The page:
Appian Anywhere update

I had a chance to hear an update of Appian Anywhere, Appian‘s SaaS BPM offering, while at the Gartner BPM conference this week. I’m very interested in BPM and Enterprise 2.0, and SaaS BPM fits nicely into that intersection.

Although they originally planned for GA in Q307, it looks like Q108 before they’re going to be available to their planned SMB target audience with payments by credit card and other functionality that you’d expect for a SaaS offering. The reason appears to be that they’ve had so much interest from large corporate customers that they’re offering a large-client configuration first to a small number of select customers, so have diverted resources from the SMB functionality to focus on the big fish first. It seems to me that that would tend to cannibalize their on-premise business, although I’m sure that there are large organizations who will use this as a way to try before they buy.

They’re really trying to create an ecosystem for partners to develop applications on their platform. To prime the pump, they’ve created 30+ applications of their own that they’ll offer out for free with the basic subscription; partners are developing other applications that will be offered on a subscription based in the Appian Anywhere marketplace. Encouraging this sort of application development is a web service-like integration capability (I don’t think that it is exactly web services, but similar in nature) to integrate between Appian Anywhere applications and behind-the-firewall applications, which makes it much more useful as a BPM platform, since I can’t think of any customer of mine who wouldn’t have to integrate with one of their on-premise systems at some point.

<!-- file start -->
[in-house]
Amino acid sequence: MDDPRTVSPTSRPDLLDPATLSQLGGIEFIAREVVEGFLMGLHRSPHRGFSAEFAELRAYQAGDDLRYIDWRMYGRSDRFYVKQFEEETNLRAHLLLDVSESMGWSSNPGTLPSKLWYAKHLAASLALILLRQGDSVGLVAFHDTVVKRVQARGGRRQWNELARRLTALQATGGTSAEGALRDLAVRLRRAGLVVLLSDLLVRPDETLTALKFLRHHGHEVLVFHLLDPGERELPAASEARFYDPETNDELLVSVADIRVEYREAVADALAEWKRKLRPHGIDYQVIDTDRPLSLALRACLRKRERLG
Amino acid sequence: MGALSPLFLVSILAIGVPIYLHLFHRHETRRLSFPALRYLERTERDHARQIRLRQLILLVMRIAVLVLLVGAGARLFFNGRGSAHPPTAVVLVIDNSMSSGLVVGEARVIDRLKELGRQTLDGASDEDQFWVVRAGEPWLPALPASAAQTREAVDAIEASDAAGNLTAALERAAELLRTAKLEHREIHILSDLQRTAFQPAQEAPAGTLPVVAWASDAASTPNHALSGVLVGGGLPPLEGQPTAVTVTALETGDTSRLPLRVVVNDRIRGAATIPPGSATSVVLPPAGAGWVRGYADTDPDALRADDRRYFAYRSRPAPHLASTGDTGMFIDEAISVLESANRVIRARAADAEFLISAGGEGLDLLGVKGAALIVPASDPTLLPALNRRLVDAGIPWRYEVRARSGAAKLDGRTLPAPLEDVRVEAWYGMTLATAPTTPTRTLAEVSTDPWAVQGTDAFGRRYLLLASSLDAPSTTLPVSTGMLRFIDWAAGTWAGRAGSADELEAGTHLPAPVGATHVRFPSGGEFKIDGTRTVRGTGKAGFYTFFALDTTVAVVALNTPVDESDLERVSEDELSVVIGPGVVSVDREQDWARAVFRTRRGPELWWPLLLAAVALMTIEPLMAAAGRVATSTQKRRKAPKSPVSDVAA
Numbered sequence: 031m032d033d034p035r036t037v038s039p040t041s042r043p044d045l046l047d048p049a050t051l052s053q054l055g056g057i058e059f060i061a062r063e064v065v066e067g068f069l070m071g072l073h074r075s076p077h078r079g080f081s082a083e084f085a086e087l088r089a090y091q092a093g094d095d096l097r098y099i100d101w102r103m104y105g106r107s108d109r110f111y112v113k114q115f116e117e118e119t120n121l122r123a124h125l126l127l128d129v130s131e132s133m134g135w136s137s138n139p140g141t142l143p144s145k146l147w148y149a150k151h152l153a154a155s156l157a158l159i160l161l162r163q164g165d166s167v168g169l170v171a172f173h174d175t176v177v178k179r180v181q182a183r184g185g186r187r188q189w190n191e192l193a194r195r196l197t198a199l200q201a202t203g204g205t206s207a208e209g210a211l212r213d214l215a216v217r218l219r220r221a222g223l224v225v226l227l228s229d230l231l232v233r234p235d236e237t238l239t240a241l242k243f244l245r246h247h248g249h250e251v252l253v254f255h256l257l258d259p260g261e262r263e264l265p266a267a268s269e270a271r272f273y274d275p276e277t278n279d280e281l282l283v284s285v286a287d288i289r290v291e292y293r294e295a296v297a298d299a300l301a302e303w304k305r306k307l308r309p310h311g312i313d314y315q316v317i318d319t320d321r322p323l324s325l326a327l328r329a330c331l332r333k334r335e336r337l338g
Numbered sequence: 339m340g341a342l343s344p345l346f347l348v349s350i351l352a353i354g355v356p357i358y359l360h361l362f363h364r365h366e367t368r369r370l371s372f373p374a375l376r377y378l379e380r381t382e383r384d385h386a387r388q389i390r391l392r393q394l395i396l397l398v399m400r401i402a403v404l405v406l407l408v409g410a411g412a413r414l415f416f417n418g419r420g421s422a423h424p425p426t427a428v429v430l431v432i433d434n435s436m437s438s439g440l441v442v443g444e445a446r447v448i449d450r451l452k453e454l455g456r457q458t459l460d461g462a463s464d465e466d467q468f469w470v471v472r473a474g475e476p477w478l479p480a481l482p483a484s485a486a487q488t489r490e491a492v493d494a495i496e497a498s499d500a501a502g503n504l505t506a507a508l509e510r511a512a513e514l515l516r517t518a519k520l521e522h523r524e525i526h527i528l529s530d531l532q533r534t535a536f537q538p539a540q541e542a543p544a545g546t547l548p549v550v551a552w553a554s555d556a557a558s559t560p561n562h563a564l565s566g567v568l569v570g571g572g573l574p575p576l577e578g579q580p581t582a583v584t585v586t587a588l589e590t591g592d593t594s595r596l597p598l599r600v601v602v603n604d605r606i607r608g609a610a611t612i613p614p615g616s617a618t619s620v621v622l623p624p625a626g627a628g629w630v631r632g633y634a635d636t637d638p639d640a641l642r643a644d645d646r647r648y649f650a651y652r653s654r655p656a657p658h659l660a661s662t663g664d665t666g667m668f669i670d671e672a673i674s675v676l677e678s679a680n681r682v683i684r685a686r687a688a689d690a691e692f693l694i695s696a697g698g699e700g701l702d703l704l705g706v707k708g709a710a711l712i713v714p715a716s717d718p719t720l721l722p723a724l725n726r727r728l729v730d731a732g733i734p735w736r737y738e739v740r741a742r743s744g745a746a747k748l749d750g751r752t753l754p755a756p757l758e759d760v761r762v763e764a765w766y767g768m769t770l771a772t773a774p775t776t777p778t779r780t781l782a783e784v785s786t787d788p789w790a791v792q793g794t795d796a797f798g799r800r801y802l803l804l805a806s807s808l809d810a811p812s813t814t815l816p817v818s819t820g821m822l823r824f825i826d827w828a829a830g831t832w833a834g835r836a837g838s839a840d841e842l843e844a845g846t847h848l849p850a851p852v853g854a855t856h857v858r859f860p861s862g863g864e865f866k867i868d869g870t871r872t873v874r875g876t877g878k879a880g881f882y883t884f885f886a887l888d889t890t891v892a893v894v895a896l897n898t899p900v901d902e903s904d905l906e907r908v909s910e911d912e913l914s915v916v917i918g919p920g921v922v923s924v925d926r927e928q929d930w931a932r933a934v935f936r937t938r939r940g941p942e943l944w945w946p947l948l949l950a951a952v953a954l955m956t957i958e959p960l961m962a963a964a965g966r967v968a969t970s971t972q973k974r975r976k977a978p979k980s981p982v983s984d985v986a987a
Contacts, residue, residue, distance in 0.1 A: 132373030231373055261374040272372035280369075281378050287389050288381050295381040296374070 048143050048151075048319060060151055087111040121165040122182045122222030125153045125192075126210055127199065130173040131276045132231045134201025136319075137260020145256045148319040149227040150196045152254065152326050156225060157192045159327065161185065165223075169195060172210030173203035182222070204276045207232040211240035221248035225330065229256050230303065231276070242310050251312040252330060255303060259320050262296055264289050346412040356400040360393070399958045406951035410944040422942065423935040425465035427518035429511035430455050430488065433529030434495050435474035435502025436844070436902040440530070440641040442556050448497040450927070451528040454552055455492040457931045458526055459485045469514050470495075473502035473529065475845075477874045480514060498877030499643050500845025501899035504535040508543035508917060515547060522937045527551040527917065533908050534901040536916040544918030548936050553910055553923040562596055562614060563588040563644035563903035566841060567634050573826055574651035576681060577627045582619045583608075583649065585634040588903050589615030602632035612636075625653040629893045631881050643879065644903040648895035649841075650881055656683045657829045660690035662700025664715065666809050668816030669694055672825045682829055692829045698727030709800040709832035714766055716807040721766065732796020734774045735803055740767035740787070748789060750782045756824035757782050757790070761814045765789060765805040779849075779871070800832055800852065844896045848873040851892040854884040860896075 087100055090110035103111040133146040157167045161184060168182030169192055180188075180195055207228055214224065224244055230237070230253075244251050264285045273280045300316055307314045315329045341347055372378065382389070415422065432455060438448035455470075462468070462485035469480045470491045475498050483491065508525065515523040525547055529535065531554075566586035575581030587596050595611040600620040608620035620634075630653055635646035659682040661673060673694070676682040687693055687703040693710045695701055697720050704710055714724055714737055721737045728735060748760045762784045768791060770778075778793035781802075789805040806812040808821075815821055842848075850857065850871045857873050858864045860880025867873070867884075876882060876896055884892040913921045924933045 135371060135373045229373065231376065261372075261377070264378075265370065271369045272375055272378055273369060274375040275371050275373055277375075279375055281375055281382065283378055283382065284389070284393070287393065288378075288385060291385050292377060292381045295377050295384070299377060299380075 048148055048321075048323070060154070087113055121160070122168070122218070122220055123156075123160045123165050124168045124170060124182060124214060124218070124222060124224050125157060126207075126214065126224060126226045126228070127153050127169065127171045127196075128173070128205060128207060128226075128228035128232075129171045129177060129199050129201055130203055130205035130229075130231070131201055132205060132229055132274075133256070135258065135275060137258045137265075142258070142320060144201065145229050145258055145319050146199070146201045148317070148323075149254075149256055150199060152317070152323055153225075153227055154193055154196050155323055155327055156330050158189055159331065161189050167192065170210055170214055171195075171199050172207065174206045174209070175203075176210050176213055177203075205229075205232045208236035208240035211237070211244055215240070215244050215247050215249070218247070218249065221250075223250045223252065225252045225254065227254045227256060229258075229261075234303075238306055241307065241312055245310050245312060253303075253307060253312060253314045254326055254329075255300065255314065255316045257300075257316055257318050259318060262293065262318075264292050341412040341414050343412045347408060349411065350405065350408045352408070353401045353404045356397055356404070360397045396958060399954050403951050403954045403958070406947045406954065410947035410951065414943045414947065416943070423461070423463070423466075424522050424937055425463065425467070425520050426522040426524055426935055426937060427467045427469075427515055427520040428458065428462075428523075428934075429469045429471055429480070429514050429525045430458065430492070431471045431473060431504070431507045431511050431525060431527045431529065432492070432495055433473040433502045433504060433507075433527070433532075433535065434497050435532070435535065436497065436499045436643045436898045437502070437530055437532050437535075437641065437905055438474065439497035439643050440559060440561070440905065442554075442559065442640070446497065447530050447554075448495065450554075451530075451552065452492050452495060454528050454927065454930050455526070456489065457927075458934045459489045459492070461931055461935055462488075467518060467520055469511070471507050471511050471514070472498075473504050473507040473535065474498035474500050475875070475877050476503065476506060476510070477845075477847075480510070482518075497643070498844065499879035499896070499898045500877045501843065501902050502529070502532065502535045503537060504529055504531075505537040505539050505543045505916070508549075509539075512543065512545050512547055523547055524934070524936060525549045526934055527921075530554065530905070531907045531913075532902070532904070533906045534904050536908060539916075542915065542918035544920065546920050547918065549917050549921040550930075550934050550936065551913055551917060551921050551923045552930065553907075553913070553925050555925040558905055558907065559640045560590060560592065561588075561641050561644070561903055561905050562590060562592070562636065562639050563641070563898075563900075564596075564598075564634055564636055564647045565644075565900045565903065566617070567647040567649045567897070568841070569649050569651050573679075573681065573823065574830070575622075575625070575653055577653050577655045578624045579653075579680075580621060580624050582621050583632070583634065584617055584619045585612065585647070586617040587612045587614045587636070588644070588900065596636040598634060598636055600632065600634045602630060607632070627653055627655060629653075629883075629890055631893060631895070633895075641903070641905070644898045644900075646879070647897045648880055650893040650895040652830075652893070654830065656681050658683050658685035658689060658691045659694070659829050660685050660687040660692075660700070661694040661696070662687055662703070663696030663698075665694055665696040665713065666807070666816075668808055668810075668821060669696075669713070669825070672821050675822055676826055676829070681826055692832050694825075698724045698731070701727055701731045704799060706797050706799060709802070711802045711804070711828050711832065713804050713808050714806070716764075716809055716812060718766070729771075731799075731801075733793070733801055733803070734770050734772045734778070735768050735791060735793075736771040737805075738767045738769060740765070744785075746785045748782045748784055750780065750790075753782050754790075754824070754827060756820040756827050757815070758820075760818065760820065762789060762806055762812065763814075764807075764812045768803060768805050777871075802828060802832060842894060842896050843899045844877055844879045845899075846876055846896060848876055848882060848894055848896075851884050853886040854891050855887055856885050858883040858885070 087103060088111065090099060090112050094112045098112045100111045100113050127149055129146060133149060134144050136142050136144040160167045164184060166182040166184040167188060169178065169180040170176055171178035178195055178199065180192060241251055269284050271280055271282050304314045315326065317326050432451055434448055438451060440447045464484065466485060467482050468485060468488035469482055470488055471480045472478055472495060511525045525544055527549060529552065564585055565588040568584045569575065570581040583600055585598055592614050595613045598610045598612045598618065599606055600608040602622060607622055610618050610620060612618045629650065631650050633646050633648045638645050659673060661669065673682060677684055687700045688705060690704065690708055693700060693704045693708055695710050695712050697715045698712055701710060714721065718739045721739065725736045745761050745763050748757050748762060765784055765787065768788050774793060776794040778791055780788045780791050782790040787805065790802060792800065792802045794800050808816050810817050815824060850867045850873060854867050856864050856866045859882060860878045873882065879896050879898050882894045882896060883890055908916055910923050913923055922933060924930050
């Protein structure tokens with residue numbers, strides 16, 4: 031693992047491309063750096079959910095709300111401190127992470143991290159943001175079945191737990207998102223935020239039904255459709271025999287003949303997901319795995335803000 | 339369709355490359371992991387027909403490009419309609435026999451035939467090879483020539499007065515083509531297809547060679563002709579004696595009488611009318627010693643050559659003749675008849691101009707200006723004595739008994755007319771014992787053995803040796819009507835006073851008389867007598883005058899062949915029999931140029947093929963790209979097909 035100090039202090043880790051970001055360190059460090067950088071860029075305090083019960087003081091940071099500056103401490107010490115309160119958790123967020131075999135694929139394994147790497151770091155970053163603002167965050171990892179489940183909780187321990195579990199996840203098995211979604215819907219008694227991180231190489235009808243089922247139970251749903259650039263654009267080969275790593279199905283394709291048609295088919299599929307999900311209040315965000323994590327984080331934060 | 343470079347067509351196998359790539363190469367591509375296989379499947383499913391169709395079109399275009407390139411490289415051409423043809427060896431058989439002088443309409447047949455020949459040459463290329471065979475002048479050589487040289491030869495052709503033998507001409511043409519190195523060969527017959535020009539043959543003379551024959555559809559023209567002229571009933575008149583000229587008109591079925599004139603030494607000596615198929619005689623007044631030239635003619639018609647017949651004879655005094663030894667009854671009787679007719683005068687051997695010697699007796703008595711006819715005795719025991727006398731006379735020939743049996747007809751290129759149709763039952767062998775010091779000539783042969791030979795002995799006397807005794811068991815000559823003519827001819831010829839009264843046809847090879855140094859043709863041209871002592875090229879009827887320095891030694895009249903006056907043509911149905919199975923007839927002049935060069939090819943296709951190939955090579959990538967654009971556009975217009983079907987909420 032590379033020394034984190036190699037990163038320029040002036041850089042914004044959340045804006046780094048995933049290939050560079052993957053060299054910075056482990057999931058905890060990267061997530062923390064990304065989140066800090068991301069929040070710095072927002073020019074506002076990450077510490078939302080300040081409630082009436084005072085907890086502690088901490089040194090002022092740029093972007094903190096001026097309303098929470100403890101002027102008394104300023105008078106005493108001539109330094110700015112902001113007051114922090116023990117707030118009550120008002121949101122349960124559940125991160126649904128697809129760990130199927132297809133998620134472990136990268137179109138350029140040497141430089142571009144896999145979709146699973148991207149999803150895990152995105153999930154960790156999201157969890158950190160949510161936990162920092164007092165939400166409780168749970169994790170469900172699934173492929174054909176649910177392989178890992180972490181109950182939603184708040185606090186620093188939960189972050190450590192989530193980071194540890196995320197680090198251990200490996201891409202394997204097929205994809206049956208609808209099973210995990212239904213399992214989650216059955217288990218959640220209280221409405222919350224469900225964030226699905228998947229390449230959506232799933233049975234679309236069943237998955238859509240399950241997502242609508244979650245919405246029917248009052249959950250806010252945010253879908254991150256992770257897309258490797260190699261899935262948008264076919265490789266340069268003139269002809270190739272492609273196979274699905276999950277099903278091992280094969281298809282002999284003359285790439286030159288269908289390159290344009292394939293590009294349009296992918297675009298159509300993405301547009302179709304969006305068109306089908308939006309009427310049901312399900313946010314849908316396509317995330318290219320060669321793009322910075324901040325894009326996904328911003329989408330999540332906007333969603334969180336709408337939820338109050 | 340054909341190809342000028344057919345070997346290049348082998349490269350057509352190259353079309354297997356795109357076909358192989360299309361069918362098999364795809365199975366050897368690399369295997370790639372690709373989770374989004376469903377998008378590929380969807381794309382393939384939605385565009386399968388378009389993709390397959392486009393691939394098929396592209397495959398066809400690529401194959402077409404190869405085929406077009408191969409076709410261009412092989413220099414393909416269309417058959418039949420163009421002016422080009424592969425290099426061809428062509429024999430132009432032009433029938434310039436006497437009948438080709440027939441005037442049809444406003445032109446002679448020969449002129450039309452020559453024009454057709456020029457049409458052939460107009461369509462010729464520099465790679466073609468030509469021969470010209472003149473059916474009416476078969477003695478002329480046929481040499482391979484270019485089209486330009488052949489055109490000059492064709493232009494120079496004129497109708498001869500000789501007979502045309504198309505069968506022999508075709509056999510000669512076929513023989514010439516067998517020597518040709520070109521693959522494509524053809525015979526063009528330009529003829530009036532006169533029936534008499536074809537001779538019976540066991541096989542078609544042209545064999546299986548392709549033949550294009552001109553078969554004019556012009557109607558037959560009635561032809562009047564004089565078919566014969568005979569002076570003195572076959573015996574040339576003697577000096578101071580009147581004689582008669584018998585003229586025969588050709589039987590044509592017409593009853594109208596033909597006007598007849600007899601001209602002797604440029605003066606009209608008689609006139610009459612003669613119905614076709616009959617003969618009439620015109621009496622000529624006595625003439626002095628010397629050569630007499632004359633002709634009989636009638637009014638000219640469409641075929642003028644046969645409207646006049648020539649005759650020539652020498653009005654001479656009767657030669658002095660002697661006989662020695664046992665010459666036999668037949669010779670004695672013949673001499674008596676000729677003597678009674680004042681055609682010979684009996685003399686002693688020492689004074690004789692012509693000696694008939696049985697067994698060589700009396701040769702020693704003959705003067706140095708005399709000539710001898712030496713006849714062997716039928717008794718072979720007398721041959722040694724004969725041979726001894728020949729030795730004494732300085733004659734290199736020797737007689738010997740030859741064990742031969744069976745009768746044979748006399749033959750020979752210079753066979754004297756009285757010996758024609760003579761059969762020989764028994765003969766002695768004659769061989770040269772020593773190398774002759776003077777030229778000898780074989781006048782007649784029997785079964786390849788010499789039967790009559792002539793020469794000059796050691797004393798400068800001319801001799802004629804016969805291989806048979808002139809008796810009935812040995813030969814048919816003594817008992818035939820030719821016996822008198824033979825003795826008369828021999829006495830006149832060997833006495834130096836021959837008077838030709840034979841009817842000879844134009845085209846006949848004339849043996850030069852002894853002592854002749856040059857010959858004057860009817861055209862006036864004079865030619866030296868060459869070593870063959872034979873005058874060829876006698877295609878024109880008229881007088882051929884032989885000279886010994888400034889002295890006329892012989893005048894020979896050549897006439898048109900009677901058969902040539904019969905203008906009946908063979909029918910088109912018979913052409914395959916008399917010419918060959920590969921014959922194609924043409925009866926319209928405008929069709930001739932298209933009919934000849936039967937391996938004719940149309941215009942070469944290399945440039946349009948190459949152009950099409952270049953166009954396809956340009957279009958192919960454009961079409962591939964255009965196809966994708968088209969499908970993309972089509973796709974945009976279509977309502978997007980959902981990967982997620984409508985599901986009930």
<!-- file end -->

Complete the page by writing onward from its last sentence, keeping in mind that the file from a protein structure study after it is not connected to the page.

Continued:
They’re also creating some video training to minimize the need for professional services to get you up and running on the platform.

There’s still a lot of resistance to SaaS for core business processes, although I think that this could catch on for the non-critical ones as a starting point. However, there’s some pure Enterprise 2.0 vendors such as LongJump who are going to creep into this space — from the other direction and with a very different sort of offering — and pick up some of the market.

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